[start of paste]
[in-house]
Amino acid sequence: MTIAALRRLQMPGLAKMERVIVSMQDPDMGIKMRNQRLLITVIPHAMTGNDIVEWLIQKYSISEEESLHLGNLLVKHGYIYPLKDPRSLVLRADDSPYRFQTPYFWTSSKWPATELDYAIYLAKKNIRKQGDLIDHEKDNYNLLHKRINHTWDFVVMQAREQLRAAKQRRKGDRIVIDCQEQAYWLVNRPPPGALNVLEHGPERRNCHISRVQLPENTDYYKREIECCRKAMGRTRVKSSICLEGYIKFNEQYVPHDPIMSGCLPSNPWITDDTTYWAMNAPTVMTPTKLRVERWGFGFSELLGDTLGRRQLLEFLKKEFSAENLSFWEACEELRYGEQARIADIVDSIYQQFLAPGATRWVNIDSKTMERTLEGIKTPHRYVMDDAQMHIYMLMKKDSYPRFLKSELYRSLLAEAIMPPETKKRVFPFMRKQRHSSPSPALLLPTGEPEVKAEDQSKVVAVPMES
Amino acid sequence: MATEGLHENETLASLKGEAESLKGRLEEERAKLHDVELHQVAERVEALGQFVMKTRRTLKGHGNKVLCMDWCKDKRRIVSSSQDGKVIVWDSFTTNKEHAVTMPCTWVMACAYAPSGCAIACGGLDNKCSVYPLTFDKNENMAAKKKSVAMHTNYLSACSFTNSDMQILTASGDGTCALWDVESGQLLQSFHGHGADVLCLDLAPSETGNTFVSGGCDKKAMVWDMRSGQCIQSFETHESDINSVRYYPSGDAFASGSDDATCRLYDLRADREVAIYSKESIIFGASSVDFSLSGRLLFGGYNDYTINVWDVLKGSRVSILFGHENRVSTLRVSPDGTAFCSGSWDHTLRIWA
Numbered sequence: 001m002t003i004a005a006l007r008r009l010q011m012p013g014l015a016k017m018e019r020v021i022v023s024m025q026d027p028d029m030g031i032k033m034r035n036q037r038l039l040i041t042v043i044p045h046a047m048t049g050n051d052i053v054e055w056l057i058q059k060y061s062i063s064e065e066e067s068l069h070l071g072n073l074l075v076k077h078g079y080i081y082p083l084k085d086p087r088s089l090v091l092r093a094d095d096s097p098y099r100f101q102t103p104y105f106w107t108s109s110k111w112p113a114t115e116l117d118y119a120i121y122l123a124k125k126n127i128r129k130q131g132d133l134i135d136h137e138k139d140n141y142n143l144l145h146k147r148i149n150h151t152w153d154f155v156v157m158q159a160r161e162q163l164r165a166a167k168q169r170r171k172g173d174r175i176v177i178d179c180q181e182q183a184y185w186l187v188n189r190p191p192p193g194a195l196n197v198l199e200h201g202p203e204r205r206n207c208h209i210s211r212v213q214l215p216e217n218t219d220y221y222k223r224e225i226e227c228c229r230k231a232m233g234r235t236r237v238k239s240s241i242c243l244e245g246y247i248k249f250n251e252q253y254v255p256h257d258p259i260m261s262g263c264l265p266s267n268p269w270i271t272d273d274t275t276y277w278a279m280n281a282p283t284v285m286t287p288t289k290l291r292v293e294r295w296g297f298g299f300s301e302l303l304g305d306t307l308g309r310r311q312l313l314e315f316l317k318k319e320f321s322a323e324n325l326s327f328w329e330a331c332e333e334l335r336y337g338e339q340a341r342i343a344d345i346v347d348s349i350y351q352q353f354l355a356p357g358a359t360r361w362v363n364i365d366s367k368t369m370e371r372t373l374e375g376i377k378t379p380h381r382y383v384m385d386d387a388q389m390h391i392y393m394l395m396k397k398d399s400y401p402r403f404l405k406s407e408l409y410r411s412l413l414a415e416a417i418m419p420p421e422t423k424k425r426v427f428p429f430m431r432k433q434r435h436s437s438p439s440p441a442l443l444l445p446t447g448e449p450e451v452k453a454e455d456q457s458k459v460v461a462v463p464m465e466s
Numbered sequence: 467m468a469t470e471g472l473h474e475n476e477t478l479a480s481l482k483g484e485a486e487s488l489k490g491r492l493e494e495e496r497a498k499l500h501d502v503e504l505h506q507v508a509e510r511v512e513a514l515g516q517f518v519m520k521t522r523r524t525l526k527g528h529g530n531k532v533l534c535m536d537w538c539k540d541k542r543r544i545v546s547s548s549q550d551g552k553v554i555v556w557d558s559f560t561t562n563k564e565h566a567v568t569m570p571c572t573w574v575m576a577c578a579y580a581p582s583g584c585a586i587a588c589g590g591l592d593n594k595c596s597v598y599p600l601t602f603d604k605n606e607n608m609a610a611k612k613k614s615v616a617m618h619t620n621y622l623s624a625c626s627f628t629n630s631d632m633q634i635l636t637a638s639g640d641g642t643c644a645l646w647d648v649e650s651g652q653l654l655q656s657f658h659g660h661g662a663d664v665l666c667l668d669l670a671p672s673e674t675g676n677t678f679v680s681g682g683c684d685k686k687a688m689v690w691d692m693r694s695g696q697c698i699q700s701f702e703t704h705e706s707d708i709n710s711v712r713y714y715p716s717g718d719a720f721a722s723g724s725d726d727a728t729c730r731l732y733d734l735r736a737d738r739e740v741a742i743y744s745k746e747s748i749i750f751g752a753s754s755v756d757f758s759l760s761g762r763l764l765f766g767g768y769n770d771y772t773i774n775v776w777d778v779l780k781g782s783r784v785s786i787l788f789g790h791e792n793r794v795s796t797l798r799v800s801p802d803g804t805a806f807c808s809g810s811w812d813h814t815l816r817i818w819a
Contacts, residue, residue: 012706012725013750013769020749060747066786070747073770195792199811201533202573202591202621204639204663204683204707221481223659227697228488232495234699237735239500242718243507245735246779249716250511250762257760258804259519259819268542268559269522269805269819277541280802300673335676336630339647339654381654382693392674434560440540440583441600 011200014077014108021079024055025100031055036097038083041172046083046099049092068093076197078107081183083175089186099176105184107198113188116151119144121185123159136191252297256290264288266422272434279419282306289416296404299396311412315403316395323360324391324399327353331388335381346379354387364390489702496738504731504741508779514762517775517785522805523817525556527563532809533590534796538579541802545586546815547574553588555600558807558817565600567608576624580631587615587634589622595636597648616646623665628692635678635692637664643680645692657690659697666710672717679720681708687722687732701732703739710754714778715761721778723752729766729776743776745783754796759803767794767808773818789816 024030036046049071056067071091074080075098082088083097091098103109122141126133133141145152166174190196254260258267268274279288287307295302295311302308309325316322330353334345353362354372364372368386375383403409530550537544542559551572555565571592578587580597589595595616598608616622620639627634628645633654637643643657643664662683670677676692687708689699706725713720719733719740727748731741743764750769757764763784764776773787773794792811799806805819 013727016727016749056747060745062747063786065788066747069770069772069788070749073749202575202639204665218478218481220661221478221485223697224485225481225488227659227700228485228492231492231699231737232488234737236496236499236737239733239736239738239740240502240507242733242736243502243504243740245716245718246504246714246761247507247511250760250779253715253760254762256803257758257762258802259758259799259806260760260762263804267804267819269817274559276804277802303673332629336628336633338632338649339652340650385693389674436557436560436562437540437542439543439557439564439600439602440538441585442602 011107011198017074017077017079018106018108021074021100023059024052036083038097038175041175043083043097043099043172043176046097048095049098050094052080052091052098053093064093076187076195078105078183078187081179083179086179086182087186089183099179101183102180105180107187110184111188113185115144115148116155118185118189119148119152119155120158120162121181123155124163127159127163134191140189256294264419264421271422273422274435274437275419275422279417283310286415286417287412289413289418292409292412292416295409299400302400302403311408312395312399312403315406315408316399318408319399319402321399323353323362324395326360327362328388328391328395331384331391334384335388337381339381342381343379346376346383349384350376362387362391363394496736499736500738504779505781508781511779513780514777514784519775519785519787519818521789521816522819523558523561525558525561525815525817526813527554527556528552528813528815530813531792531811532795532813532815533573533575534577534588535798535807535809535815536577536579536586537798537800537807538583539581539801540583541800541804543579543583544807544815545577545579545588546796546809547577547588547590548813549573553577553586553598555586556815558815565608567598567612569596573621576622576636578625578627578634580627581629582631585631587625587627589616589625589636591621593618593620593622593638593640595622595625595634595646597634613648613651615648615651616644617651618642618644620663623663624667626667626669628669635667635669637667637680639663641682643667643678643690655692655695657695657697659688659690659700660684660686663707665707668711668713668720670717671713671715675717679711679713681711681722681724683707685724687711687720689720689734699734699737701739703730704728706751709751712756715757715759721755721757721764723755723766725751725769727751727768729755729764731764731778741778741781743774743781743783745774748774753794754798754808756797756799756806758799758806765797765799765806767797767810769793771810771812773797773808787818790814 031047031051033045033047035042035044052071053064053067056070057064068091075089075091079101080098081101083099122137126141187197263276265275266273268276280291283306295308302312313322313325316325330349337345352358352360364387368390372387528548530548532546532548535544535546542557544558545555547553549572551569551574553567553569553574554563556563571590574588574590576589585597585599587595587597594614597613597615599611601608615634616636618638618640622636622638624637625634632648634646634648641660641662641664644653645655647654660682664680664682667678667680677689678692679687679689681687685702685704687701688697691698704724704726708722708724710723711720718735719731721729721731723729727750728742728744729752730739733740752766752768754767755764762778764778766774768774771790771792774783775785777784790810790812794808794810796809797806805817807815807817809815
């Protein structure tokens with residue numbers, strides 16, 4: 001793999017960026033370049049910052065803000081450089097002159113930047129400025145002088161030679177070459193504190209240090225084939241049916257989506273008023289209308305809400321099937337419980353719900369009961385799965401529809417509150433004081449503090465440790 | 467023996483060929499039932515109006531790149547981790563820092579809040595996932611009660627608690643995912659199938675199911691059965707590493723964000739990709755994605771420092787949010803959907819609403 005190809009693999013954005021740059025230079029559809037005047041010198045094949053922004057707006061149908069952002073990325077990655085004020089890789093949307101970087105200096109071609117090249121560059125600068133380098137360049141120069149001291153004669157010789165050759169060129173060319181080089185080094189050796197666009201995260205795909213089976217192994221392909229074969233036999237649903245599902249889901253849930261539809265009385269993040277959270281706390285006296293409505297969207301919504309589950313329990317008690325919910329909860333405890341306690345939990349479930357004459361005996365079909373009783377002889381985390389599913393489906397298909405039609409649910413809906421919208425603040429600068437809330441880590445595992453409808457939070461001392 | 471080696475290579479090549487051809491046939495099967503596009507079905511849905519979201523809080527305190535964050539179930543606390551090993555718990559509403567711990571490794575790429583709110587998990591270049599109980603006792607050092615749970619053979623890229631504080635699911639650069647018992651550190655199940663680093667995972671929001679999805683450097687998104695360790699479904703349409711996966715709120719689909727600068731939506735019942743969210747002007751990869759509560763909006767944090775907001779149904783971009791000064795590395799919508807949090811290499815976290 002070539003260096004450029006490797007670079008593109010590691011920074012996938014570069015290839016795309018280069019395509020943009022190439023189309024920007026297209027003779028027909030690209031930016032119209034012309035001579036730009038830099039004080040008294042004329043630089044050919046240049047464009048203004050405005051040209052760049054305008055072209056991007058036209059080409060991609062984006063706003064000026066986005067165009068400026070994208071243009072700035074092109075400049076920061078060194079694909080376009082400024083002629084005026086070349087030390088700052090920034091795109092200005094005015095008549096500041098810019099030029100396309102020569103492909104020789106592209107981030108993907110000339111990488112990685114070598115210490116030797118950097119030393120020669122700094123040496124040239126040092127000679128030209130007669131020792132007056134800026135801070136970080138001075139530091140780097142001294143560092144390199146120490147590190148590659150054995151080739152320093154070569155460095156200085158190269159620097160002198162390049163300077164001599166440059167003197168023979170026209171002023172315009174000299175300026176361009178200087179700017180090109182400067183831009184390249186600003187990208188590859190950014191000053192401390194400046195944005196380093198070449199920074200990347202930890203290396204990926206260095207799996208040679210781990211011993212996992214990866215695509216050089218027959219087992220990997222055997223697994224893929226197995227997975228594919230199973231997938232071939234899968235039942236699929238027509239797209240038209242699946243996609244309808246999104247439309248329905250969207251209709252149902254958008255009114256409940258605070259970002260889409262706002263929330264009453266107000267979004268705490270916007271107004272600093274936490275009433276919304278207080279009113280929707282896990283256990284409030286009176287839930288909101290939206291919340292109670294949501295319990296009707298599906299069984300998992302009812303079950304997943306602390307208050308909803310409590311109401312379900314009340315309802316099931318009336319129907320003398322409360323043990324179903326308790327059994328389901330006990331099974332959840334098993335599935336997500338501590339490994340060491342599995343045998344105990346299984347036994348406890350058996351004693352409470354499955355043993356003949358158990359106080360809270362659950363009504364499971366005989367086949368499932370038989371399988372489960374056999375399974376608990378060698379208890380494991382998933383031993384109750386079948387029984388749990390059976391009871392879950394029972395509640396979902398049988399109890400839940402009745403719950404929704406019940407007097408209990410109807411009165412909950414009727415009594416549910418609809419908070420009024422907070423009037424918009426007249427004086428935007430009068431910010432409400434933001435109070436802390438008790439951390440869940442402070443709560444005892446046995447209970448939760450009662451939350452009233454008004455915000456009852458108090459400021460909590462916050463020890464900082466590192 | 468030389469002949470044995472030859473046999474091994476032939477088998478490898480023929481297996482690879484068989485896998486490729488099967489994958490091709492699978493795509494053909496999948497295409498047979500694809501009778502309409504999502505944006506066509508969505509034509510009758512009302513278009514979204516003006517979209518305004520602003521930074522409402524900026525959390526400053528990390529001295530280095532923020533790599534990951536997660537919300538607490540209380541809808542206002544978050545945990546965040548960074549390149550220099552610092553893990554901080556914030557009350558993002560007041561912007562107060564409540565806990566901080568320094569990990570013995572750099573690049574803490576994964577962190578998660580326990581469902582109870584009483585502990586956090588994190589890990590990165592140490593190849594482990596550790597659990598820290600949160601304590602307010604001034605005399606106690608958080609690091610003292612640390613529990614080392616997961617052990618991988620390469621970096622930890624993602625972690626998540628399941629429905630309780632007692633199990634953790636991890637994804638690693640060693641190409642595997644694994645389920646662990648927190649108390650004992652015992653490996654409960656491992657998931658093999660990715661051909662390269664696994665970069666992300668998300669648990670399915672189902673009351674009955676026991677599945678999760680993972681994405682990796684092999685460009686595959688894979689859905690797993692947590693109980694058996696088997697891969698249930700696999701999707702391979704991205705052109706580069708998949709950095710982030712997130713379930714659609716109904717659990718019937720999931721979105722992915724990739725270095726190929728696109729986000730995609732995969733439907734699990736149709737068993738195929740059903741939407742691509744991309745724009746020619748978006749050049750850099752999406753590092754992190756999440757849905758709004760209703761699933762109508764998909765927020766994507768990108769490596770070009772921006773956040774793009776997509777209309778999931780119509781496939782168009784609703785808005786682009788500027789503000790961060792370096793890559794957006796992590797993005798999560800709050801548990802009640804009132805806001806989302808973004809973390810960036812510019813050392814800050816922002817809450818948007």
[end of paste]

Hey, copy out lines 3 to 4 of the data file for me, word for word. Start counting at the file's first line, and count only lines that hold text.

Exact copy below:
Amino acid sequence: MATEGLHENETLASLKGEAESLKGRLEEERAKLHDVELHQVAERVEALGQFVMKTRRTLKGHGNKVLCMDWCKDKRRIVSSSQDGKVIVWDSFTTNKEHAVTMPCTWVMACAYAPSGCAIACGGLDNKCSVYPLTFDKNENMAAKKKSVAMHTNYLSACSFTNSDMQILTASGDGTCALWDVESGQLLQSFHGHGADVLCLDLAPSETGNTFVSGGCDKKAMVWDMRSGQCIQSFETHESDINSVRYYPSGDAFASGSDDATCRLYDLRADREVAIYSKESIIFGASSVDFSLSGRLLFGGYNDYTINVWDVLKGSRVSILFGHENRVSTLRVSPDGTAFCSGSWDHTLRIWA
Numbered sequence: 001m002t003i004a005a006l007r008r009l010q011m012p013g014l015a016k017m018e019r020v021i022v023s024m025q026d027p028d029m030g031i032k033m034r035n036q037r038l039l040i041t042v043i044p045h046a047m048t049g050n051d052i053v054e055w056l057i058q059k060y061s062i063s064e065e066e067s068l069h070l071g072n073l074l075v076k077h078g079y080i081y082p083l084k085d086p087r088s089l090v091l092r093a094d095d096s097p098y099r100f101q102t103p104y105f106w107t108s109s110k111w112p113a114t115e116l117d118y119a120i121y122l123a124k125k126n127i128r129k130q131g132d133l134i135d136h137e138k139d140n141y142n143l144l145h146k147r148i149n150h151t152w153d154f155v156v157m158q159a160r161e162q163l164r165a166a167k168q169r170r171k172g173d174r175i176v177i178d179c180q181e182q183a184y185w186l187v188n189r190p191p192p193g194a195l196n197v198l199e200h201g202p203e204r205r206n207c208h209i210s211r212v213q214l215p216e217n218t219d220y221y222k223r224e225i226e227c228c229r230k231a232m233g234r235t236r237v238k239s240s241i242c243l244e245g246y247i248k249f250n251e252q253y254v255p256h257d258p259i260m261s262g263c264l265p266s267n268p269w270i271t272d273d274t275t276y277w278a279m280n281a282p283t284v285m286t287p288t289k290l291r292v293e294r295w296g297f298g299f300s301e302l303l304g305d306t307l308g309r310r311q312l313l314e315f316l317k318k319e320f321s322a323e324n325l326s327f328w329e330a331c332e333e334l335r336y337g338e339q340a341r342i343a344d345i346v347d348s349i350y351q352q353f354l355a356p357g358a359t360r361w362v363n364i365d366s367k368t369m370e371r372t373l374e375g376i377k378t379p380h381r382y383v384m385d386d387a388q389m390h391i392y393m394l395m396k397k398d399s400y401p402r403f404l405k406s407e408l409y410r411s412l413l414a415e416a417i418m419p420p421e422t423k424k425r426v427f428p429f430m431r432k433q434r435h436s437s438p439s440p441a442l443l444l445p446t447g448e449p450e451v452k453a454e455d456q457s458k459v460v461a462v463p464m465e466s